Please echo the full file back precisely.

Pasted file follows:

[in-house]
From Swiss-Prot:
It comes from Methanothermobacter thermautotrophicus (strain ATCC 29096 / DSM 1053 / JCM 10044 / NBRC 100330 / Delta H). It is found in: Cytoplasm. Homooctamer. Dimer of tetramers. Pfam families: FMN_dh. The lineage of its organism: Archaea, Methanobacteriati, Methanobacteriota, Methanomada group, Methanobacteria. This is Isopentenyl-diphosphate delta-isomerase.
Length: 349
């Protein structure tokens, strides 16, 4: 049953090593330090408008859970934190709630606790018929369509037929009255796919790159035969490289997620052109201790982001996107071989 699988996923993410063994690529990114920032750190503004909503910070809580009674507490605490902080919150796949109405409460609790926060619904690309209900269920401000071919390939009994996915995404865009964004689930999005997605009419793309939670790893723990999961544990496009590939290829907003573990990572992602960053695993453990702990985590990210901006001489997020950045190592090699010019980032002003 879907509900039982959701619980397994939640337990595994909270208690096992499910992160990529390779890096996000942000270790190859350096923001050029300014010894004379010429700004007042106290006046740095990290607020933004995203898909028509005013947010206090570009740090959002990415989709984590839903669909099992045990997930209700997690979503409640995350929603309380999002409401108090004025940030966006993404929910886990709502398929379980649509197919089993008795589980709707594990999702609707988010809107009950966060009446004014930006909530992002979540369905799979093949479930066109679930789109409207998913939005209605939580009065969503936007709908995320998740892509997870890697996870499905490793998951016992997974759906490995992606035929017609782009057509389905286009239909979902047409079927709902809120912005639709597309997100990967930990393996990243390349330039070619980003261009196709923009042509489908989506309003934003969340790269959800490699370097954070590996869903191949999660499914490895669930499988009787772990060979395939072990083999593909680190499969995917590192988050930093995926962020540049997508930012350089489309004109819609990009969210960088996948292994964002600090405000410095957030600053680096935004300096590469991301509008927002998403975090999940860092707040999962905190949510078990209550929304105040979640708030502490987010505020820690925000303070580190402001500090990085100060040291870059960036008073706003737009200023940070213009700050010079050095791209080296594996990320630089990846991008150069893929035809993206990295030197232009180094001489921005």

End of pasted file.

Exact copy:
[in-house]
From Swiss-Prot:
It comes from Methanothermobacter thermautotrophicus (strain ATCC 29096 / DSM 1053 / JCM 10044 / NBRC 100330 / Delta H). It is found in: Cytoplasm. Homooctamer. Dimer of tetramers. Pfam families: FMN_dh. The lineage of its organism: Archaea, Methanobacteriati, Methanobacteriota, Methanomada group, Methanobacteria. This is Isopentenyl-diphosphate delta-isomerase.
Length: 349
């Protein structure tokens, strides 16, 4: 049953090593330090408008859970934190709630606790018929369509037929009255796919790159035969490289997620052109201790982001996107071989 699988996923993410063994690529990114920032750190503004909503910070809580009674507490605490902080919150796949109405409460609790926060619904690309209900269920401000071919390939009994996915995404865009964004689930999005997605009419793309939670790893723990999961544990496009590939290829907003573990990572992602960053695993453990702990985590990210901006001489997020950045190592090699010019980032002003 879907509900039982959701619980397994939640337990595994909270208690096992499910992160990529390779890096996000942000270790190859350096923001050029300014010894004379010429700004007042106290006046740095990290607020933004995203898909028509005013947010206090570009740090959002990415989709984590839903669909099992045990997930209700997690979503409640995350929603309380999002409401108090004025940030966006993404929910886990709502398929379980649509197919089993008795589980709707594990999702609707988010809107009950966060009446004014930006909530992002979540369905799979093949479930066109679930789109409207998913939005209605939580009065969503936007709908995320998740892509997870890697996870499905490793998951016992997974759906490995992606035929017609782009057509389905286009239909979902047409079927709902809120912005639709597309997100990967930990393996990243390349330039070619980003261009196709923009042509489908989506309003934003969340790269959800490699370097954070590996869903191949999660499914490895669930499988009787772990060979395939072990083999593909680190499969995917590192988050930093995926962020540049997508930012350089489309004109819609990009969210960088996948292994964002600090405000410095957030600053680096935004300096590469991301509008927002998403975090999940860092707040999962905190949510078990209550929304105040979640708030502490987010505020820690925000303070580190402001500090990085100060040291870059960036008073706003737009200023940070213009700050010079050095791209080296594996990320630089990846991008150069893929035809993206990295030197232009180094001489921005």